(Bloomberg) — Exxon Mobil Corp. and Royal Dutch Shell last week reported their lowest quarterly profits since 1999 and 2005, respectively. Chevron Corp.’s third straight loss marked its longest slump in 27 years, and BP Plc lodged its lowest refining margins in six years.
Welcome to year two of a supply overhang so persistent it’s upsetting industry expectations that the market would return to a state of balance between production and demand. It’s left analysts befuddled and investors running to the doorways as the crude market threatened to tip into yet another bear market, dashing hopes that a slump that began in mid 2014 would show signs of abating.
Exxon missed analyst estimates by 23 cents a share and fell as much as 4.5% on Friday before recouping some of that decline. Chevron posted a surprise $1.47 billion loss after booking $2.8 billion in writedowns. The company’s per-share loss of 78 cents was in stark contrast to the 19- to 41-cent gains expected by analysts. BP and Shell registered similarly gloomy outcomes.
“What we’re seeing is that there’s just no place for the supermajors to hide,” Brian Youngberg, an analyst at Edward Jones & Co. in St. Louis, said in an interview. “Oil prices, natural gas, refining, it all looks very bad right now.”
Crude prices dropped during the quarter from a year ago amid a global glut in the $1.5 trillion-a-year market. With diesel and gasoline prices also slumping, the companies were deprived of the tempering effect oil refining typically provides during times of low crude prices.
Given the plunge in crude and natural gas markets, “you cannot recover, no matter how efficient you are,” Fadel Gheit, an analyst at Oppenheimer & Co., said during an interview with Bloomberg Television. “The industry cannot survive on current oil prices.”
Shell reported its weakest quarterly result in 11 years and missed analysts’ estimates by more than $1 billion. BP said earnings tumbled 45% amid the lowest refining margins for the second quarter since 2010. U.S. margins, based on futures contracts, plunged 30% to a second-quarter average of $17.12 a barrel from $24.42 a year earlier.
Refining profits will continue to be under “significant pressure,” BP said. Although Brent crude’s rebound provided some relief compared with the first quarter, CEO Bob Dudley still faces a difficult road ahead as the rally fades amid slowing demand growth and returning production from Canada to Nigeria.
BP’s profit, adjusted for one-time items and inventory changes, dropped to $720 million from $1.3 billion a year earlier, the company said on July 26. That missed the $819 million average estimate of 13 analysts surveyed by Bloomberg. Downstream earnings, which include refining, declined 19%.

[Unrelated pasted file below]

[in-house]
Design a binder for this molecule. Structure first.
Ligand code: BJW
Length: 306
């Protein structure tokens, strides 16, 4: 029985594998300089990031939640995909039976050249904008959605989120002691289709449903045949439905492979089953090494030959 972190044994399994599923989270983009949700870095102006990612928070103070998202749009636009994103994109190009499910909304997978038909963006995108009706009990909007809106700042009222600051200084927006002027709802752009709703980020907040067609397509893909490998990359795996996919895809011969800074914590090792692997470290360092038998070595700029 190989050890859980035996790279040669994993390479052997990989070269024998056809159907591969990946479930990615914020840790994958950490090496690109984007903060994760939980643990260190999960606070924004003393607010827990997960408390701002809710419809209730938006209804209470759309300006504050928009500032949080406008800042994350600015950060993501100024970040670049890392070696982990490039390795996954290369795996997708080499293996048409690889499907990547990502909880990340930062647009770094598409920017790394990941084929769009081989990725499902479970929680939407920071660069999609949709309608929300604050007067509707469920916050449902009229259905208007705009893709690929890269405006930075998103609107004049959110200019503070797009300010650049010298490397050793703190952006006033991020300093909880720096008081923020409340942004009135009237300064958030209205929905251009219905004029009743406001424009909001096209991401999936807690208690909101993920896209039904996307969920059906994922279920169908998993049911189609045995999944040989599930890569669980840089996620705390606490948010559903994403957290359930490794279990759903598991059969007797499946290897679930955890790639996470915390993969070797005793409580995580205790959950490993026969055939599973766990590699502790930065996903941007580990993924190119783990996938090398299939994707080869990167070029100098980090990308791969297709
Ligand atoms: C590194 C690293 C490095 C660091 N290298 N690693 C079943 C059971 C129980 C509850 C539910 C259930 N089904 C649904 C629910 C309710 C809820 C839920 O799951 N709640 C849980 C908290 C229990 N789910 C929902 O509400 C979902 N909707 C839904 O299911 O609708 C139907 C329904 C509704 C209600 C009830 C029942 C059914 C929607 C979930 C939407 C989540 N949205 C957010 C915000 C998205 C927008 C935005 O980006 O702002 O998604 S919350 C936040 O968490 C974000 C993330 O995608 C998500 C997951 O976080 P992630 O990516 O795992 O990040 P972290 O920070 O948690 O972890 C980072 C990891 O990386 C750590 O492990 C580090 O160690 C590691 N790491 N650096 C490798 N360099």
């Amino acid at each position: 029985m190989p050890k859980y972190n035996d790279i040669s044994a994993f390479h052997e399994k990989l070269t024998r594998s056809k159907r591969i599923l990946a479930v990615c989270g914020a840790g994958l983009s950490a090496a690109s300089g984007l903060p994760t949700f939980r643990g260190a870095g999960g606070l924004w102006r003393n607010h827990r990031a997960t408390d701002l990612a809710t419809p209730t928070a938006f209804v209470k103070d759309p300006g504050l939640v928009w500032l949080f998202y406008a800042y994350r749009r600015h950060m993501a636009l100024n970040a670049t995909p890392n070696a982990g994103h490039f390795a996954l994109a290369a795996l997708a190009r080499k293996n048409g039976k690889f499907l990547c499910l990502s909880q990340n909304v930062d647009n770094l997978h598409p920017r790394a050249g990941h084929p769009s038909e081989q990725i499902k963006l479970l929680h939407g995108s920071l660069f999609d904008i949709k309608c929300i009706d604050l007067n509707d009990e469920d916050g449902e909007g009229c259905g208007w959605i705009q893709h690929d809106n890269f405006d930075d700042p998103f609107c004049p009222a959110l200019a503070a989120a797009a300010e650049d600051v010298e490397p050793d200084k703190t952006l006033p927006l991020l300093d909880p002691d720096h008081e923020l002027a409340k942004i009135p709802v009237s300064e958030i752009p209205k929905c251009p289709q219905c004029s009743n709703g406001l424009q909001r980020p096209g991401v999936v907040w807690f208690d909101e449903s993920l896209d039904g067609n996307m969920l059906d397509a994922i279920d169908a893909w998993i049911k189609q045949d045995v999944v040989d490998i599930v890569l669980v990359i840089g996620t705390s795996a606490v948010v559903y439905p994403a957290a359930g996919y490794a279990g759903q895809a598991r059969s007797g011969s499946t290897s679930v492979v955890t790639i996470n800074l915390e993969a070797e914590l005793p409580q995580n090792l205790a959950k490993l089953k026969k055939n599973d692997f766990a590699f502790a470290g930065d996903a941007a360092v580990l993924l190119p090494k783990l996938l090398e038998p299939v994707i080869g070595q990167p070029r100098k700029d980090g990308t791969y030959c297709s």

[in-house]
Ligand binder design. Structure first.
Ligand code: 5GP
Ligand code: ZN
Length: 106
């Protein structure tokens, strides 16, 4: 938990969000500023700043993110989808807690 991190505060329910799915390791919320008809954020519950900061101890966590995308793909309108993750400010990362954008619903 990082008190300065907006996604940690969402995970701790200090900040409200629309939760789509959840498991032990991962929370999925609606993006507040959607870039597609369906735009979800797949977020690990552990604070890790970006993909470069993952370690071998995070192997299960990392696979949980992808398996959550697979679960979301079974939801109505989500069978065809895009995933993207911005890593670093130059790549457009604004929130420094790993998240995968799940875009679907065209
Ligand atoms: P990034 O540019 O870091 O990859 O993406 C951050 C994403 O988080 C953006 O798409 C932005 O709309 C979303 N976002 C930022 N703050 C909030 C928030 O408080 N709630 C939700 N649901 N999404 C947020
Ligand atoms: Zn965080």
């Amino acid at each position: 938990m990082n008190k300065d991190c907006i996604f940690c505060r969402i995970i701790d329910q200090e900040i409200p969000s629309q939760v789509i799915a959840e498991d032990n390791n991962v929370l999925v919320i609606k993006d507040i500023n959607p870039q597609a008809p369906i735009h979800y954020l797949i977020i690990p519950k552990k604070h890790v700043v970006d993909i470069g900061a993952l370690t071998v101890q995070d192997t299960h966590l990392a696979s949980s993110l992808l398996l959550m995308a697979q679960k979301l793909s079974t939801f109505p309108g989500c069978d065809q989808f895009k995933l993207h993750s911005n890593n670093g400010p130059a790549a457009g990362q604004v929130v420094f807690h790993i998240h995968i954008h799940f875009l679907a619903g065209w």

Exxon, the world’s biggest oil explorer by market value, said wildfires that ravaged the oil-sands region of Western Canada, along with aging wells, reduced output. Its U.S. oil and natural gas wells lost an average of $5.6 million a day during the quarter.
At Shell, the largest oil producer after Exxon, profit adjusted for one-time items and inventory changes sank 72% from a year earlier to $1.05 billion, less than half the $2.16 billion analysts had expected.
Shell Chief Executive Officer Ben Van Beurden, who this year completed the record purchase of BG Group Plc, has vowed to boost savings from the acquisition following the two-year slump in crude.
It was Chevron’s third straight quarterly loss, the longest slump for the company since at least 1989, according to data compiled by Bloomberg.
Chevron Chairman and CEO John Watson said the company continues to adjust to the lower-price environment. He has responded to the market-driven cash squeeze by shrinking drilling programs, writing off discoveries that were too costly to develop at current prices and firing one-tenth of the workforce. The company is seeking to bolster its balance sheet by raising $5 billion to $10 billion from asset sales.
Despite the rout, and credit-rating cuts, Chevron greenlighted a $36.8 billion expansion of a key Central Asian oilfield earlier this month. Last week, the company committed to distribute a $1.07-a-share dividend that will eat up about $2 billion in cash when paid out to investors in September.
Exxon Chairman and CEO Rex Tillerson has been looking beyond the current downturn in energy markets to augment the company’s gas and oil portfolios from the South Pacific to Africa. The company also is plowing money into expanding refining and chemical complexes from Singapore to The Netherlands, betting that regional demand for products used in automobile tires, engine oil and plastics will grow over the long term.
Bloomberg News by Joe Carroll